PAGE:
• There still keeping the flagship stores thought
  • Terrible decision. Regardless of whether the stores make money, they showcase the products in their best light and provide a great customer service experience, which makes people comfortable buying the products.
  • What a huge waste of money. The London store in Covent Garden only opened a year or so ago. It took Microsoft a long time to secure the premises and over a year of design & build work. The effort that went into the launch was huge. I stand corrected, but I do not know of a single other industry that kills off projects and leave customers wondering what the heck is going on like the technology industry. Apple, Google and Microsoft are all guilty of it. They have too much money to waste.
  • There were never many outside of North America to start with Shame though as everyone knows what a MacBook is but few what a Surface is. People think my Surface Pro X is an iPad :(.
  • That's ok just educate them
  • How long until the online Store will also be shut down. Does anyone really need the Windows Store for apps...
  • This just made me a lot less likely to buy a Surface Laptop. The reason I buy from the Microsoft store is their on-site customer service. It was the best around. If you ever had an issue they took care of it immediately. Best Buy does not offer the same level of service. I'll probably buy the Dell XPS now instead.
  • Nadella doesn't see the value of the consumer. He almost let Xbox go.
  • Consumers don’t see the value of Microsoft. Nadella knows this. This move is not surprising at all.
  • The 53 people here that have actually been in one really doesn't justify the cost of maintaining 116 stores in 4 countries and 1 territory. I'll miss it too, but I can't imagine they were a positive ROI, unless you tried to count all the intangibles. Those are hard to measure.
  • Especially with retail patterns changing dramatically over the years, it may well be a wise move, even in the long run and considering the lost marketing benefit (treating the stores as a cost, just like advertising). The problem is that it's one more step in a long pattern of giving up on anything that shows MS values its customers. I just yesterday (on that great sale) bought a Surface Pro for my daughter. I plan on getting an Xbox Series X at launch and possibly a Duo (torn due to lack of wireless charging). That desire for MS products and services together is what keeps me in the Azure-based MS ecosystem and certainly plays on role in my corporate decisions too, which by all accounts Nadella does care deeply about, even if he doesn't care about the consumer business. If the ecosystem lacks all the pieces to be a complete ecosystem, it will eventually force me (and probably millions of others) into a different ecosystem that isn't missing those pieces. Without us also being personal fans as individual users, that means we're also more open to changing our corporate IT infrastructure away from MS. It doesn't happen overnight and some won't want to change, but it opens the door to competitors and that hurts MS market share at all levels. I don't understand how Nadella doesn't understand or foresee this guaranteed progression.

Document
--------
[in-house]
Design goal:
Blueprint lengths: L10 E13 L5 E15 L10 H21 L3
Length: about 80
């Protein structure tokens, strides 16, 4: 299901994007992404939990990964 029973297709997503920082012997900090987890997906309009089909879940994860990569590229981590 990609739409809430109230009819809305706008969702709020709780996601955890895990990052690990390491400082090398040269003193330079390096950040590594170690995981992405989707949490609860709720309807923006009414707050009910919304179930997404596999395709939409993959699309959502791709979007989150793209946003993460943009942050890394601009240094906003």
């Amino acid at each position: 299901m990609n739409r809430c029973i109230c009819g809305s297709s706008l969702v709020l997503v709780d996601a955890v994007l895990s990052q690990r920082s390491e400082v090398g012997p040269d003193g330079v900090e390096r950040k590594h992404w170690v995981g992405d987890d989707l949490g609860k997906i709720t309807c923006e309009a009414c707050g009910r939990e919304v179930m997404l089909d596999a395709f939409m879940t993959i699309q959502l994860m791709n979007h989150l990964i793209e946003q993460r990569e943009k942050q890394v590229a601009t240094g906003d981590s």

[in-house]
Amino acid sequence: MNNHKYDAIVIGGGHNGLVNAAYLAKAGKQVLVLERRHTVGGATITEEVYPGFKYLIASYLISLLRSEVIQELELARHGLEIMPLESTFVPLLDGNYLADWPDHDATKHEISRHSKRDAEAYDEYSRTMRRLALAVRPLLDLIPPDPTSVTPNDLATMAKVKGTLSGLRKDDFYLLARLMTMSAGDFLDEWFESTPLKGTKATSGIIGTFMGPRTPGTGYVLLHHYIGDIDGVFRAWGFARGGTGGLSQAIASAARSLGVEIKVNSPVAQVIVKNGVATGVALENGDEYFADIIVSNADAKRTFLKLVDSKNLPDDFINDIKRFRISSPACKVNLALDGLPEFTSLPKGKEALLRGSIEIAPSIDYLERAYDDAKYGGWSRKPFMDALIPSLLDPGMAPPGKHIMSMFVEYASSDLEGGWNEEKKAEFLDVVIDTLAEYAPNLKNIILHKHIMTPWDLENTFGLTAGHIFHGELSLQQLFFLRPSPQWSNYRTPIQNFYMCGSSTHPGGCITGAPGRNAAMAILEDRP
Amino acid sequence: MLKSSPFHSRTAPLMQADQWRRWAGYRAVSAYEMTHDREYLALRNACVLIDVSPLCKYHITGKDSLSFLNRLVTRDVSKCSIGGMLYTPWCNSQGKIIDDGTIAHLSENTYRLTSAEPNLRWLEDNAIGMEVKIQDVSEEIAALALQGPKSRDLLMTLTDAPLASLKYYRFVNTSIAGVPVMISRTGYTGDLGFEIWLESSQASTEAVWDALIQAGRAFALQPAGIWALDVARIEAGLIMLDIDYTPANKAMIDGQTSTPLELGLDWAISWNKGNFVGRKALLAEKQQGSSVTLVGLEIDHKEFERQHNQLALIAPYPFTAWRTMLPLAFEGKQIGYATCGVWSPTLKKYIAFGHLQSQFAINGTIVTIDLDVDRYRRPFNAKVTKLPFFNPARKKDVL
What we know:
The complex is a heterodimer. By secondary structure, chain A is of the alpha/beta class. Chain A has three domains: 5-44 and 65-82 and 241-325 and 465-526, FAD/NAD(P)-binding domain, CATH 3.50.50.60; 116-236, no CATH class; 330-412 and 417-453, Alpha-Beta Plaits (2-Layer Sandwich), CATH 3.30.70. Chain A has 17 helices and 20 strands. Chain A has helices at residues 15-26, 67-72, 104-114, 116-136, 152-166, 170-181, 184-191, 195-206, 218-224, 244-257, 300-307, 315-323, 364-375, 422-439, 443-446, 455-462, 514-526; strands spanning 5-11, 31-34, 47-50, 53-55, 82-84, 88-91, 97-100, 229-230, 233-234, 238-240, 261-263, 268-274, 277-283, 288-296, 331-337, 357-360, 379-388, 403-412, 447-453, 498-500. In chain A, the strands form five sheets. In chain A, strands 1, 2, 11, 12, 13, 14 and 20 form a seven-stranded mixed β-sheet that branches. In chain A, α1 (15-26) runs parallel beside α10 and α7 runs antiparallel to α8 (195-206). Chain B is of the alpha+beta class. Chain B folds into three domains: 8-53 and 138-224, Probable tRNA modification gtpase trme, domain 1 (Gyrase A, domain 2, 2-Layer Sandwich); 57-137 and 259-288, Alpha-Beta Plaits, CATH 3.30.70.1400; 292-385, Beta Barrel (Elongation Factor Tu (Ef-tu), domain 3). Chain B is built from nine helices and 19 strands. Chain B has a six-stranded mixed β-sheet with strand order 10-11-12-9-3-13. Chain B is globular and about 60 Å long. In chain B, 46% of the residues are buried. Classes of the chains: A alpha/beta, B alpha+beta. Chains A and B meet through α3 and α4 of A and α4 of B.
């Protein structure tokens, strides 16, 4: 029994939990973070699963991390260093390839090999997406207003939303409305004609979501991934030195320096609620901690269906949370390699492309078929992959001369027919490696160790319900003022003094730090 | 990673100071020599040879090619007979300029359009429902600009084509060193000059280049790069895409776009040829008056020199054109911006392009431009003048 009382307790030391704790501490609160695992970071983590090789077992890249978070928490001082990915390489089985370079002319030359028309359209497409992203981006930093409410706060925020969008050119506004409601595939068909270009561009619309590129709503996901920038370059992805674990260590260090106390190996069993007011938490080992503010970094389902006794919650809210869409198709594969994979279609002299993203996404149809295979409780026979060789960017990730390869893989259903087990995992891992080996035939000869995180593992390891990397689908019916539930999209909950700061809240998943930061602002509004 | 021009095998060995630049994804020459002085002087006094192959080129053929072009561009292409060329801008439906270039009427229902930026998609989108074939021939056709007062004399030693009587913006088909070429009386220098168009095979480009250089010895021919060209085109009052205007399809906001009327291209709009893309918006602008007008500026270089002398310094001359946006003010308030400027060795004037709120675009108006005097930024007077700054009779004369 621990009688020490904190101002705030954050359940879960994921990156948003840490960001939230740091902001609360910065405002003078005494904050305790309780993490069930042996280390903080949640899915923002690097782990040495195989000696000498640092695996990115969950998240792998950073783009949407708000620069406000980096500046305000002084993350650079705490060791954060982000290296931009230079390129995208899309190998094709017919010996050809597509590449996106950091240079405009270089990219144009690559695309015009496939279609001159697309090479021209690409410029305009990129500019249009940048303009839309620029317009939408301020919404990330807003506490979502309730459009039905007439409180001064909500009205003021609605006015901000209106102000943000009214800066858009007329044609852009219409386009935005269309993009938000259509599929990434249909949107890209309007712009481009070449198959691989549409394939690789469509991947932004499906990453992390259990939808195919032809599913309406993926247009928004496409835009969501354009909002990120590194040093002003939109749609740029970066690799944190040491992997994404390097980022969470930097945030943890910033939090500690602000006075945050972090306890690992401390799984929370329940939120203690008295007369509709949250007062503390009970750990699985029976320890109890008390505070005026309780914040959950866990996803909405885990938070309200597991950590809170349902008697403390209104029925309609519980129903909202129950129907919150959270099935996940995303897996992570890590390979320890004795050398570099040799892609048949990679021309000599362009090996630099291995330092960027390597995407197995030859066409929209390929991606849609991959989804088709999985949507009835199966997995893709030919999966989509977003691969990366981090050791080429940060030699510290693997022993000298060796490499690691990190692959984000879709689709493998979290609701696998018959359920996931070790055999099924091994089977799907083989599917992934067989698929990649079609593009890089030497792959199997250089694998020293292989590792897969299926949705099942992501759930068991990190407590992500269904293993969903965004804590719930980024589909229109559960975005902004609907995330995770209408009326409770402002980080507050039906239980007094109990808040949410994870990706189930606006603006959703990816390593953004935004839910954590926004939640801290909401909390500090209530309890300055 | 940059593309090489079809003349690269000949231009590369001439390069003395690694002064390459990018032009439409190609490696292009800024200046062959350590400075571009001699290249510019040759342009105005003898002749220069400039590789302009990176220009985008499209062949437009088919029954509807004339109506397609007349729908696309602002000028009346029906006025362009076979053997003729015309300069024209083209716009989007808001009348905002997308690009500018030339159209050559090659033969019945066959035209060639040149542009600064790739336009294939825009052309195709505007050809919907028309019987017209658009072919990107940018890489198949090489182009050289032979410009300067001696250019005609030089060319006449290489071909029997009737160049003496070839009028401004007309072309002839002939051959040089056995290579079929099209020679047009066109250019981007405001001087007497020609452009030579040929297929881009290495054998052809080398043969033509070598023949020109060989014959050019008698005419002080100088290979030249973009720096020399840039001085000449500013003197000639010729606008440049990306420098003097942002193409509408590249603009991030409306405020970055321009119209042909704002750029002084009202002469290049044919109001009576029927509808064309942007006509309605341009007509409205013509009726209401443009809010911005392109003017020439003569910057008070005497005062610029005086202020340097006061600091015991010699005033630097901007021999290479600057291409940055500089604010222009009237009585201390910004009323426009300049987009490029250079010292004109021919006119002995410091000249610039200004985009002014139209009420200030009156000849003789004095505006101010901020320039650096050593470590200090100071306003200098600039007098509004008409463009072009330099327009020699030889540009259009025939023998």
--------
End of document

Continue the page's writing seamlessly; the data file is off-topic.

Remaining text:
• “The problem is that it's one more step in a long pattern of giving up on anything that shows MS values its customers.“ Not at all. Microsoft DOES value its customers. The problem is, their REAL customers don’t buy anything from retail stores. Their REAL customers are - of course and as always - business customers. I have said this 100 times in the last few months: Microsoft is NOT a consumer products company. Period. Stop expecting consumer products from Microsoft.
  • So we should give up Xbox too ?
  • I met Larry hurb Xbox is Major Nelson at my local Microsoft store. I also purchased many phones controllers and accessories. I enjoyed going to events if I was free to go. It was a lot of fun at the local Microsoft store. I will miss the store and the memories that I have from the products that I purchased there. My last trip to Microsoft store was just days before they closed for covid-19. Rip...
  • Oh no! What a GREAT tragedy for consumers worldwide!
    Oh wait...only two or three countries in the World actually had access to physical Microsoft stores.
    Yeah, nevermind then. No one will notice it.
  • I've been tentatively re-entering the Microsoft ecosystem after seeing the success of their Surface line (and after being burnt by them dropping Zune, Windows Phone, etc. etc.) but moves like this give me pause. Doesn't seem like they're willing to commit to building a solid consumer-facing arm of the company if I can't go in person to try out $2,000 machines or ask knowledgeable employees questions face to face. Some folks here are mentioning that the stores weren't bursting at the seams like Apple Stores and I have no way to refute that, but it still seems like they'd be a worthwhile investment in a long-term plan to win back customers and interest new ones! Especially with those free coding classes, gaming events, and other methods used to show a focus on different communities.
  • Apple stores are primarily repair shops for iPhones and iPads. They still have a full presence at Best Buy in the US and other retailers such as Costco, Target and Walmart. The reality is people really didn't buy anything there and they used the staff for corporate events and training. As long as the staff keeps their jobs you can go online and they offer a no hassle return policy. I recently purchased a full Surface stack online during the pandemic and was not impressed. Returned it all with free shipping and no hassle.